According to Amit Gilboa’s 1997 travelogue, Phnom Penh is the Gomorrah of Southeast Asia: “Cambodia is like you’re always tripping.”
The Kingdom of Wonder’s sinister side sucked Gilboa in. Between 1996 and1997 a quick visa run turned into many long-term stays at the then notorious Majestic Guesthouse.
With a profound interest in the city’s expats and their escapades, Gilboa created an explosive piece of writing. It is a mash-up of personal diary entries, newspaper articles and post-edited anecdotes mostly circling around the Majestic crowd; a bunch of prostitute frequenting, drug-addicted, perverted schoolteachers with a taste for firing AK47s.
Gilboa’s memoir is a time travel into post-war Cambodia, a time when the resulting chaos attracted a host of bizarre characters that never fail to elicit either shock laughter or shivers of disgust.
Events and peoples’ actions are rarely analysed. Fellow Majestic barflies’ exploits of frequenting brothels three times a day, and one man’s penchant for underage girls, seldom warrant explicit judgement from the author.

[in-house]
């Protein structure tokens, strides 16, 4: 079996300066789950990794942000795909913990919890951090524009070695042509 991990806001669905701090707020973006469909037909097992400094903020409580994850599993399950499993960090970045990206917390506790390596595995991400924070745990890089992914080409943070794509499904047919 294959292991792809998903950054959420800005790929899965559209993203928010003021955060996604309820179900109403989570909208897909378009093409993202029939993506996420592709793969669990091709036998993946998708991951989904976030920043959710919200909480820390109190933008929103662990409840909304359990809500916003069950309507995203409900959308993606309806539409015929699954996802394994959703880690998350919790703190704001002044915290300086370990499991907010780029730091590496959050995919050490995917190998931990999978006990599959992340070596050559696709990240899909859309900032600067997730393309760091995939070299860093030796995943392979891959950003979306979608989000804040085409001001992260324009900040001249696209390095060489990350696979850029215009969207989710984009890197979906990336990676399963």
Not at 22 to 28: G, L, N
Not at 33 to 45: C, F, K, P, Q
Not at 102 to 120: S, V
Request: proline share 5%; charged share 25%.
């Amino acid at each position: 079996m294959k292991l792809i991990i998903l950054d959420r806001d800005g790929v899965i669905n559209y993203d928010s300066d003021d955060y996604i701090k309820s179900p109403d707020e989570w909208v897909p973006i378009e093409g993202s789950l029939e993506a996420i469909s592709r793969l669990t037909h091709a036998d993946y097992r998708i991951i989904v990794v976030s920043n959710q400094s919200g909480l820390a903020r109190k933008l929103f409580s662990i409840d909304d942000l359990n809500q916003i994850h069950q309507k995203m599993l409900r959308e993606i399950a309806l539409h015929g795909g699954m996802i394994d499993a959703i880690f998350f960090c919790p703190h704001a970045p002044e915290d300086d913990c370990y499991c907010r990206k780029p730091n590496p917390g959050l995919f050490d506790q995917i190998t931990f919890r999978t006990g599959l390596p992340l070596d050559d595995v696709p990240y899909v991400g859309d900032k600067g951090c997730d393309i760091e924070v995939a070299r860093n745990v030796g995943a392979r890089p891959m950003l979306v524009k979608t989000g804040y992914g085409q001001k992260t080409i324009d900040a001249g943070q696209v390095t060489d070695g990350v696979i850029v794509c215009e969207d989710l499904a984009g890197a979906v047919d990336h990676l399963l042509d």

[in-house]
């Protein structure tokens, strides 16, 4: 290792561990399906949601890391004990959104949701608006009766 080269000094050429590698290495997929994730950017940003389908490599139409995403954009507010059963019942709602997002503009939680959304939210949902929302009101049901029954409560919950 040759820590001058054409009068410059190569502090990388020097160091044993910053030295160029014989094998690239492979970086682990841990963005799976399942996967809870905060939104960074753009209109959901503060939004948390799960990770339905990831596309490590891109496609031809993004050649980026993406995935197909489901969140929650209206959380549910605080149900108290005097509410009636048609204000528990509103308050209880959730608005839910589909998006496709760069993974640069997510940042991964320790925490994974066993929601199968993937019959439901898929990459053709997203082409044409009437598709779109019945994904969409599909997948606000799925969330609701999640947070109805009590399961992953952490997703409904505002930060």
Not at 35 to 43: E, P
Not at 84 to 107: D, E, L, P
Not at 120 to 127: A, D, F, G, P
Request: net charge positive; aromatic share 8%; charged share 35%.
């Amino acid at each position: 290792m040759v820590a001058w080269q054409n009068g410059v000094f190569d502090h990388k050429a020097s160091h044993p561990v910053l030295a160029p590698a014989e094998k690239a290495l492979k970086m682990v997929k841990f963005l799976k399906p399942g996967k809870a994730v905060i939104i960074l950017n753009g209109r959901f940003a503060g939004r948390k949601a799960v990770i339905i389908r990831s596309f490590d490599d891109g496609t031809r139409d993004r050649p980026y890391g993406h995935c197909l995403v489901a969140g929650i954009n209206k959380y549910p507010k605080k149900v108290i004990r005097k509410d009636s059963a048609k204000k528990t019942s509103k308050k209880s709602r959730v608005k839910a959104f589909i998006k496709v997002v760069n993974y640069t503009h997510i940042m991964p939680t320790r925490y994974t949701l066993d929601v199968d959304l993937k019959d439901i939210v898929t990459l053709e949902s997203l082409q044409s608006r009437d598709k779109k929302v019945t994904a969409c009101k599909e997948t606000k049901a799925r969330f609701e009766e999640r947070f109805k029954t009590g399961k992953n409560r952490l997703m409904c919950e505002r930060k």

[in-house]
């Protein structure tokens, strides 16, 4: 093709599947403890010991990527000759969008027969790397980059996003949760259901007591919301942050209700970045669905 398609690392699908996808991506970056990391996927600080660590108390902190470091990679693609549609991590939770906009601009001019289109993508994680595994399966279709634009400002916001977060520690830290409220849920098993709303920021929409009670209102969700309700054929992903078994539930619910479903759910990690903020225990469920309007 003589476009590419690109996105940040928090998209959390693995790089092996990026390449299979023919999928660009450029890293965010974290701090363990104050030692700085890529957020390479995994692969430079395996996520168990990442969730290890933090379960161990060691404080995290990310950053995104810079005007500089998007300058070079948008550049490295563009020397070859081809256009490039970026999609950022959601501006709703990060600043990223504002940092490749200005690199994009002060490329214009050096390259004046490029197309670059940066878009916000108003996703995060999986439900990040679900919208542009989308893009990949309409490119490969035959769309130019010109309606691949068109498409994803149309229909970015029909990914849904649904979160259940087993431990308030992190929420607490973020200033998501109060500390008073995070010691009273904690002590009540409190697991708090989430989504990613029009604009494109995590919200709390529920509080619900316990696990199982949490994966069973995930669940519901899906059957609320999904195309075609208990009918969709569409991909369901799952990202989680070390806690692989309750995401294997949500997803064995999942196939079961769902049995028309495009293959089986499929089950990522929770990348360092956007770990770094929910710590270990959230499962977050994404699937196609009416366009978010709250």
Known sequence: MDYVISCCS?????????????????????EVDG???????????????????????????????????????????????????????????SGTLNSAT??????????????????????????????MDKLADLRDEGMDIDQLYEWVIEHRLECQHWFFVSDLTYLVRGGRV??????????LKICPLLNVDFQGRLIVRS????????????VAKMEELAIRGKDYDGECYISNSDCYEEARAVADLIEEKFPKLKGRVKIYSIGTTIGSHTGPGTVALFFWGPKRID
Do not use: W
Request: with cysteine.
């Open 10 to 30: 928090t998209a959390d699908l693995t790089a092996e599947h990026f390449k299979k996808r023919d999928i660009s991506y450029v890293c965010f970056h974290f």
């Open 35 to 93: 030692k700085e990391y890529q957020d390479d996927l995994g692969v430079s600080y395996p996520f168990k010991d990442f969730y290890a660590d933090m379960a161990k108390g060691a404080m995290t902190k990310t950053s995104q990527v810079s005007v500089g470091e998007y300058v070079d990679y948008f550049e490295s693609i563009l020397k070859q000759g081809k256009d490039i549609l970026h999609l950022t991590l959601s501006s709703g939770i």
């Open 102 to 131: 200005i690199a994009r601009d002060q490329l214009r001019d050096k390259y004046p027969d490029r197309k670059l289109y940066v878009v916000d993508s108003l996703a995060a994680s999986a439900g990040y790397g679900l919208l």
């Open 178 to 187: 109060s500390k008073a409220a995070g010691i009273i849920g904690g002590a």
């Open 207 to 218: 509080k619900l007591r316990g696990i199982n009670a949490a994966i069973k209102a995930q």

Crude quotes commenting on human ‘flotsam’ illustrate both Gilboa’s vague detachment from his subjects and the freewheeling expat bubble of the nineties that allowed so many of the city’s foreign community to behave with bacchanalian impunity: “They’ve burnt out so many brain cells and fucked so many fourteen-year-olds, they’ll never be able to go back to the West.”
Despite the fact that most of Gilboa’s adventures revolve around sex and drugs, there are some remarkable insights into Cambodia’s recent history.
Mixing the absurd and the obscure, Gilboa recounts Hun Sen receiving a World Peace Prize by the “Commanding General of World Mongolians” in 1996, shortly before describing his firsthand account of the 1997 coup in which the Prime Minister consolidated his power.
Off the Rails in Phnom Penh is an easy and authentic must-read for adventurers and expats in Cambodia. To some, tales of buying a kilo of ganja in the Central Market for less than the price of a Beer Lao will inspire nostalgia. To others, a reminder that this city is no longer an unbridled playground for entitled westerners.
Off The Rails In Phnom Penh, Asia Books
To contact the reporter: Julius Thiemann at [email protected]